Drinking Water Might be the Most Important Thing You Do

Katherine Cork's picture
By Katherine Cork on April 20, 2017

You’ve probably heard that you’re supposed to drink at least 8 cups of water a day. But what if you don’t like water and can’t imagine drinking that much every single day?

"As we get closer to warmer weather, it's important to make drinking plenty of water part of your everyday routine," said Mary Brewer, a clinical dietitian with Carilion Clinic's Dining and Nutrition Services.

Your body relies on water for nearly every function. It helps your metabolism and allows you to digest food and flush out toxins. It keeps your heart working effectively and improves blood flow. It even makes your skin look better.
"When you’re dehydrated, you may feel tired or have a headache, and your brain just doesn’t work as well as it could," said Mary. "So drinking water is one way to make sure you're at your best."
But if you struggle to keep up with the amount of water you should be drinking each day, take a look at Mary's helpful hints:

  • Sip water throughout the day; you don’t have to drink lots of water at once. Keep a bottle of water at your desk and one in your car. 
  • Get a reusable water bottle or cup that you like; maybe it is your favorite color or has a picture of your kids on it.
  • If you take medication, drink a few extra gulps of water with your pills. 
  • Try out different temperatures. Don’t like cold water? Try it room temperature. Or drink hot, herbal (decaffeinated) tea! Or, drop a flavored teabag in your ice water; it doesn't have to be hot for the flavor to seep out. 
  • You can also put fruit slices or herbs in your water to make your water taste a little better; try lemon, orange, strawberry or kiwi slices, or mint leaves (smash them up first so the flavor will infuse your water). You can even freeze pieces of fruit and use them as ice cubes!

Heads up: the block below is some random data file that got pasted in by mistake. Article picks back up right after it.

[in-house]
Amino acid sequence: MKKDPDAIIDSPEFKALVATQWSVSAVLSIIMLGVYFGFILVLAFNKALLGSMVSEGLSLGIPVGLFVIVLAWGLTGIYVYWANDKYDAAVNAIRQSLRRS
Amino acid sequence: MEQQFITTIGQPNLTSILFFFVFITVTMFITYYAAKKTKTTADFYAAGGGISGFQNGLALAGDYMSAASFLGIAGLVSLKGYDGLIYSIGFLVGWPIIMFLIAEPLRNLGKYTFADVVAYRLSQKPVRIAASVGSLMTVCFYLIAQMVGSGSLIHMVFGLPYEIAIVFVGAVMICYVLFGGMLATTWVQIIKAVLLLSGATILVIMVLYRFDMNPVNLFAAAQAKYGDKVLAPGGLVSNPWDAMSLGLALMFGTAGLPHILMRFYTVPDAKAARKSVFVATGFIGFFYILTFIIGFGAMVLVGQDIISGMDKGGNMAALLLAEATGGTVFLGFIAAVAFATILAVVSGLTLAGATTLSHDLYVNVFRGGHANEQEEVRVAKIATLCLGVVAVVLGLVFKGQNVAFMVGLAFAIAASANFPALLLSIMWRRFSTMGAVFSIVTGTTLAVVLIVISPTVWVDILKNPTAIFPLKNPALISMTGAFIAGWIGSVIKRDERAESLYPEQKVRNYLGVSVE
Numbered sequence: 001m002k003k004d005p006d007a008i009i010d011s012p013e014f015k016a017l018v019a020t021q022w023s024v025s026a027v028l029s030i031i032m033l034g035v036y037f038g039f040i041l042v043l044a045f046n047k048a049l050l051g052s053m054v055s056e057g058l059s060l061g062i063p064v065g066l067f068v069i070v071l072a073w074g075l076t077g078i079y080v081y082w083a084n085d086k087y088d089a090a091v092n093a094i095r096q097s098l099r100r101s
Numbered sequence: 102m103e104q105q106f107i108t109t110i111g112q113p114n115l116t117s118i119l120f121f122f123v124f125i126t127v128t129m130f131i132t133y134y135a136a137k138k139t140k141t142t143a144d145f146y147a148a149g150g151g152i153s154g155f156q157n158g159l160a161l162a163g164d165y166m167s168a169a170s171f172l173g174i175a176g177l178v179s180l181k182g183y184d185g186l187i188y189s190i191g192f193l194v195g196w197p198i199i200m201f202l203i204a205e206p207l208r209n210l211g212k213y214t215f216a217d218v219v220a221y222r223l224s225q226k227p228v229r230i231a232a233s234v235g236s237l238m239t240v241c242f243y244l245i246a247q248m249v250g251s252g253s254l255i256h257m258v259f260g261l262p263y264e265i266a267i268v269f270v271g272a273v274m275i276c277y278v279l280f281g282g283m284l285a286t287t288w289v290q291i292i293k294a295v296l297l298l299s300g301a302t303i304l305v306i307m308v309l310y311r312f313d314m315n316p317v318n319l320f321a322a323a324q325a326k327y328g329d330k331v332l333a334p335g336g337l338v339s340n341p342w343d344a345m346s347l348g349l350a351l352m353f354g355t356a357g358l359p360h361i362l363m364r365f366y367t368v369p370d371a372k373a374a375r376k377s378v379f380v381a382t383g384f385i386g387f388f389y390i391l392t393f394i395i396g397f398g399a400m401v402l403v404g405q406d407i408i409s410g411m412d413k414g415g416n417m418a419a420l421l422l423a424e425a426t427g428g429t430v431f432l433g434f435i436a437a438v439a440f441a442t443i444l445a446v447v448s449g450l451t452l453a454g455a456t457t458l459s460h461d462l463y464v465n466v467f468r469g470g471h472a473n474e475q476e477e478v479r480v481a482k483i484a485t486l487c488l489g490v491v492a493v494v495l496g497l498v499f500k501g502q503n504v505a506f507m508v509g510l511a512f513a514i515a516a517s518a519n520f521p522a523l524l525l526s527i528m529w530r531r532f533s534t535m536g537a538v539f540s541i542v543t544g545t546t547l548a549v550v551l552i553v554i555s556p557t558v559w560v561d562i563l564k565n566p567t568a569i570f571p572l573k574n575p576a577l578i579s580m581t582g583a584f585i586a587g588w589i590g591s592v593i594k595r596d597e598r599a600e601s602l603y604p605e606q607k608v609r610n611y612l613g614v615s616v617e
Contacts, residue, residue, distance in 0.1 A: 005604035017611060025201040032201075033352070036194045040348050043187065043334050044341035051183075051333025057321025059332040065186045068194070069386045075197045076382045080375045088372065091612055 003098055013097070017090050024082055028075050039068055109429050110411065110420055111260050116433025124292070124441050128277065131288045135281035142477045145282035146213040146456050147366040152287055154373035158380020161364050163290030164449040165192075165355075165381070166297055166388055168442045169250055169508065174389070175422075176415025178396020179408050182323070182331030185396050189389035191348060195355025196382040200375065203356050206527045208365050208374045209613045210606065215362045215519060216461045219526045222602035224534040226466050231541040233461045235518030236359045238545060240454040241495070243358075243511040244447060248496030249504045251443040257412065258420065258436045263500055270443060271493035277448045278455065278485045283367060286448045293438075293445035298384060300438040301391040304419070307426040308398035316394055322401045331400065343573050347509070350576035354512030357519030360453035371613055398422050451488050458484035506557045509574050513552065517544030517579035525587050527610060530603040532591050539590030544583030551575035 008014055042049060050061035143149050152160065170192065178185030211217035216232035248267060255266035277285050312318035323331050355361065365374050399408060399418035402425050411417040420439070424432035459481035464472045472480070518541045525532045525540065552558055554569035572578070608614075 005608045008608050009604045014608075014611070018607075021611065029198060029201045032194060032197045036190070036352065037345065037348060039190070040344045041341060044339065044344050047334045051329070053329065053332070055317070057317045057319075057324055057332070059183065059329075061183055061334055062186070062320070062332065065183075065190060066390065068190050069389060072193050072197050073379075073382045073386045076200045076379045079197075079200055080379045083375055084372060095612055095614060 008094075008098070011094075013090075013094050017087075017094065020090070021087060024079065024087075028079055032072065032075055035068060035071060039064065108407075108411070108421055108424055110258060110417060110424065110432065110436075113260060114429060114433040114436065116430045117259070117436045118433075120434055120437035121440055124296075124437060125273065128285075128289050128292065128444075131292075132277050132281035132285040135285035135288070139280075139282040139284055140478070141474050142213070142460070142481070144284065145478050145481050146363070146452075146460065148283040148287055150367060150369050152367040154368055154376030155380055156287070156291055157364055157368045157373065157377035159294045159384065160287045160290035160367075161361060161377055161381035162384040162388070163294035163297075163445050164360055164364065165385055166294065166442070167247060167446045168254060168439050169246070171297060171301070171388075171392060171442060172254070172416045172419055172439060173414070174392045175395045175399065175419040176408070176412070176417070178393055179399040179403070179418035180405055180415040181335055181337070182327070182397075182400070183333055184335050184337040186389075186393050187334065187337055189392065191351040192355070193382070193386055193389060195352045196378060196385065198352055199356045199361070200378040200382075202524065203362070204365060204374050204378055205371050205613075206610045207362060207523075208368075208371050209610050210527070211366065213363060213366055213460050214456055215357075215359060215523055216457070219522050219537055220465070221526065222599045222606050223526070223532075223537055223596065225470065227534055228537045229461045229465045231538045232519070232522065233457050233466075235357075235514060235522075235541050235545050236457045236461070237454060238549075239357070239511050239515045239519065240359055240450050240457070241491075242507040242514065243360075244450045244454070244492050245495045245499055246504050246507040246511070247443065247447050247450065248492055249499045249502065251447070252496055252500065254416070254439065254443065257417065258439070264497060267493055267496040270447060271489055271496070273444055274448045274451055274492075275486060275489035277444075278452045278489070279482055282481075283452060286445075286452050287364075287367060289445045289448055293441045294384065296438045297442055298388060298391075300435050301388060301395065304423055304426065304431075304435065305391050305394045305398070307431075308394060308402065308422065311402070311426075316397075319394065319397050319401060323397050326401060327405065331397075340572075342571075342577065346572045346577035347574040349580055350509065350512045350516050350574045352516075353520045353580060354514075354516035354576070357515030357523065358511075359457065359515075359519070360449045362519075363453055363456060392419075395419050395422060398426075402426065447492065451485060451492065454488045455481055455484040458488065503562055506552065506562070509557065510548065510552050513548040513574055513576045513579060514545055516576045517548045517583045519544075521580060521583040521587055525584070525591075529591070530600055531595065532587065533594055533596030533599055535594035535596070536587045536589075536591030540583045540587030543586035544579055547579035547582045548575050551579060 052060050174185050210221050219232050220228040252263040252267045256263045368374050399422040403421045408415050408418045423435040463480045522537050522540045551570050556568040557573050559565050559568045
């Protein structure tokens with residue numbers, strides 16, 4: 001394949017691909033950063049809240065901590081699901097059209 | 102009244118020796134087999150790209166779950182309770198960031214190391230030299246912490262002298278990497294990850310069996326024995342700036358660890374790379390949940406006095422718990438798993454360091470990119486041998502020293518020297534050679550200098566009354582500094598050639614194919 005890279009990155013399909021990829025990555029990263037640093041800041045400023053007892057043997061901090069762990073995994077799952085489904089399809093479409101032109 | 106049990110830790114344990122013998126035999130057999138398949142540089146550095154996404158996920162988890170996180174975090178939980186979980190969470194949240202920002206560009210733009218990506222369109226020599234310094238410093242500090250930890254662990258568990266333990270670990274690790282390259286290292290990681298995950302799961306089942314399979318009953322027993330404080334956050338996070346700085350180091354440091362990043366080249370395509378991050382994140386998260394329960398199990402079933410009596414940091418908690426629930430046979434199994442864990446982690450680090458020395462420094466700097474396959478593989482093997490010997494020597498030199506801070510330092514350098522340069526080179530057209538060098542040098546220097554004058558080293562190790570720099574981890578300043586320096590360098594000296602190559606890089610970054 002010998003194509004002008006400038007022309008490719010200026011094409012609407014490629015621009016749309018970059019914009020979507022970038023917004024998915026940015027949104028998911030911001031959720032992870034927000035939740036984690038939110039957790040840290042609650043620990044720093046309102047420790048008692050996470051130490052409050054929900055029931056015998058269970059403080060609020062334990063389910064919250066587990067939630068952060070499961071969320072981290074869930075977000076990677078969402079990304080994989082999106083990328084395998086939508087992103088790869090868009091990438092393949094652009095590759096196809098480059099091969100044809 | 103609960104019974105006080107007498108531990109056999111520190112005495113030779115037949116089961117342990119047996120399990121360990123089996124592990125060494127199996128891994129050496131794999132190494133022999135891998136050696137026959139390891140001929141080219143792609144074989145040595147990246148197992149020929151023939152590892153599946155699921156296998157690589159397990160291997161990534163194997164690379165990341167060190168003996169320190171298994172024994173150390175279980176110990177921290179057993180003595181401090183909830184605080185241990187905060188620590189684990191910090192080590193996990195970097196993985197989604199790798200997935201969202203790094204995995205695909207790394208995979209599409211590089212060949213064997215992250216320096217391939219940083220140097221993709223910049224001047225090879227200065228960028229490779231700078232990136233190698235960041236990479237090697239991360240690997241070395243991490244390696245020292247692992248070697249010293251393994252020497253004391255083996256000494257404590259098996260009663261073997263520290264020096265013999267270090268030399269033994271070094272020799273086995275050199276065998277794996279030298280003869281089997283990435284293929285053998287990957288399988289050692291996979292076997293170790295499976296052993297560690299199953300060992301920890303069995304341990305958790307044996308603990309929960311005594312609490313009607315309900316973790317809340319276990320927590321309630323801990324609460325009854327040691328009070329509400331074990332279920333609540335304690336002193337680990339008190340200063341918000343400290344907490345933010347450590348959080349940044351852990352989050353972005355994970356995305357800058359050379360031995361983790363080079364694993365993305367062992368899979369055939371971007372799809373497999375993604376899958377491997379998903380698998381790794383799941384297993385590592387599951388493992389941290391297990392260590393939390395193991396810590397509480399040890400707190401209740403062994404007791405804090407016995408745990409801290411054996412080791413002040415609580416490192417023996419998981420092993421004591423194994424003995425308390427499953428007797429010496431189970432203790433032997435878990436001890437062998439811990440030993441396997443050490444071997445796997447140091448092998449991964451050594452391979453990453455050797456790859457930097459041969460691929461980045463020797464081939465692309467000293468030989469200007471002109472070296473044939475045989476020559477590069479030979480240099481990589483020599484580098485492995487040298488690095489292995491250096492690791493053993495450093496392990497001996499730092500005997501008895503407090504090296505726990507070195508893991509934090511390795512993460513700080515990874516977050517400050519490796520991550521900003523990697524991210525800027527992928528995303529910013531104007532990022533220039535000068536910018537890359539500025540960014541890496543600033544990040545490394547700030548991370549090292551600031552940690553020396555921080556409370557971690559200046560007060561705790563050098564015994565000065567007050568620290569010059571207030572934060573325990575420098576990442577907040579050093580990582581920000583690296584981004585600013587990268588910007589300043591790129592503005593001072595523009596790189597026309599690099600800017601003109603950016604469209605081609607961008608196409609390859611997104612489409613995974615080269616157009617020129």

• If you absolutely think you could never drink anything but soda, try flavored, sparkling waters. Choose one that is flavored only with fruit essence, not artificial sweeteners. You'll get sparkle without the sugar, chemicals and calories. Plus, a new study found that even just one diet soda per day could increase your risk of stroke and dementia.
  • Some fruits and vegetables by themselves are a good source of water and you can get some of your water intake for the day by eating them. Watermelon, lettuce, celery, cucumbers, tomatoes and strawberries are not only healthy and delicious, they’re made largely of water. You can even try combining some of these into a smoothie. 

"The color of your urine is a good way to tell if you’re drinking enough water," explained Mary. "It should be pale yellow. If it’s darker than that, you need more water."

Let every trip to the bathroom be a reminder to pour a fresh glass of water, and keep in mind that alcohol and large amounts of caffeine can dehydrate your body. 

How much water you actually need depends on your size and how active and healthy you are, so talk to your doctor or nutritionist to find out what’s just right for you. For more information about how water helps your body, visit the Centers for Disease Control (CDC) and National Institute on Aging